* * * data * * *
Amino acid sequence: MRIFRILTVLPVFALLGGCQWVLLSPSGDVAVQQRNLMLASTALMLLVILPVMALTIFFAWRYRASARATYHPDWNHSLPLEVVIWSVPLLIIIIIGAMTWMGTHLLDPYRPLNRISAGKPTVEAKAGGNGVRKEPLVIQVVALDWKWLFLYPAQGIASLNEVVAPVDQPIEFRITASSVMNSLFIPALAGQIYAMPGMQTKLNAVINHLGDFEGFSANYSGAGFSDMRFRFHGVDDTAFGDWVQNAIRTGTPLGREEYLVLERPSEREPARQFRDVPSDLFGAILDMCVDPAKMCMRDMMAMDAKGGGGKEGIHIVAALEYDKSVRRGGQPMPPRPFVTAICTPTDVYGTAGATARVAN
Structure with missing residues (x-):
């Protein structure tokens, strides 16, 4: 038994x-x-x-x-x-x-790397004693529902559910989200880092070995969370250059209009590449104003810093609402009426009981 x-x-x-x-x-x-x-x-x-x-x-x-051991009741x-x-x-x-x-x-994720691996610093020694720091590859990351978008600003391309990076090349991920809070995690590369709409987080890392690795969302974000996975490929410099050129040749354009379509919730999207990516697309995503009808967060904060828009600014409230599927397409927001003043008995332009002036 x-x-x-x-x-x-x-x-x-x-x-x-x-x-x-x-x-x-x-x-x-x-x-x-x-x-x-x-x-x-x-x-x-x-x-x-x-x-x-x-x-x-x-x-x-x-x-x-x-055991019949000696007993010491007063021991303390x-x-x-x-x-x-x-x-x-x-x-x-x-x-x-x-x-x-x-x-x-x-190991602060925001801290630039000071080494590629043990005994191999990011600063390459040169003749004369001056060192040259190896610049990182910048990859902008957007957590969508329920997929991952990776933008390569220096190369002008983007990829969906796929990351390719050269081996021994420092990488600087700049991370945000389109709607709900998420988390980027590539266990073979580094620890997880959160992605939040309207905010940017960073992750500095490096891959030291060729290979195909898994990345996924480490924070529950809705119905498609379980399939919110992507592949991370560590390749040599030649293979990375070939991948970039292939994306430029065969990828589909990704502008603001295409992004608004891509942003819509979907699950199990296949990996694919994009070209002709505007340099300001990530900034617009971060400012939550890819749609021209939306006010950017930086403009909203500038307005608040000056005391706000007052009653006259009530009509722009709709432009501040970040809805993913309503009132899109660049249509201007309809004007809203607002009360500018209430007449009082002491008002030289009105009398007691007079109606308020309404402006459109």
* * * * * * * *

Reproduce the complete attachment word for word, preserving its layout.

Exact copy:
Amino acid sequence: MRIFRILTVLPVFALLGGCQWVLLSPSGDVAVQQRNLMLASTALMLLVILPVMALTIFFAWRYRASARATYHPDWNHSLPLEVVIWSVPLLIIIIIGAMTWMGTHLLDPYRPLNRISAGKPTVEAKAGGNGVRKEPLVIQVVALDWKWLFLYPAQGIASLNEVVAPVDQPIEFRITASSVMNSLFIPALAGQIYAMPGMQTKLNAVINHLGDFEGFSANYSGAGFSDMRFRFHGVDDTAFGDWVQNAIRTGTPLGREEYLVLERPSEREPARQFRDVPSDLFGAILDMCVDPAKMCMRDMMAMDAKGGGGKEGIHIVAALEYDKSVRRGGQPMPPRPFVTAICTPTDVYGTAGATARVAN
Structure with missing residues (x-):
């Protein structure tokens, strides 16, 4: 038994x-x-x-x-x-x-790397004693529902559910989200880092070995969370250059209009590449104003810093609402009426009981 x-x-x-x-x-x-x-x-x-x-x-x-051991009741x-x-x-x-x-x-994720691996610093020694720091590859990351978008600003391309990076090349991920809070995690590369709409987080890392690795969302974000996975490929410099050129040749354009379509919730999207990516697309995503009808967060904060828009600014409230599927397409927001003043008995332009002036 x-x-x-x-x-x-x-x-x-x-x-x-x-x-x-x-x-x-x-x-x-x-x-x-x-x-x-x-x-x-x-x-x-x-x-x-x-x-x-x-x-x-x-x-x-x-x-x-x-055991019949000696007993010491007063021991303390x-x-x-x-x-x-x-x-x-x-x-x-x-x-x-x-x-x-x-x-x-x-190991602060925001801290630039000071080494590629043990005994191999990011600063390459040169003749004369001056060192040259190896610049990182910048990859902008957007957590969508329920997929991952990776933008390569220096190369002008983007990829969906796929990351390719050269081996021994420092990488600087700049991370945000389109709607709900998420988390980027590539266990073979580094620890997880959160992605939040309207905010940017960073992750500095490096891959030291060729290979195909898994990345996924480490924070529950809705119905498609379980399939919110992507592949991370560590390749040599030649293979990375070939991948970039292939994306430029065969990828589909990704502008603001295409992004608004891509942003819509979907699950199990296949990996694919994009070209002709505007340099300001990530900034617009971060400012939550890819749609021209939306006010950017930086403009909203500038307005608040000056005391706000007052009653006259009530009509722009709709432009501040970040809805993913309503009132899109660049249509201007309809004007809203607002009360500018209430007449009082002491008002030289009105009398007691007079109606308020309404402006459109």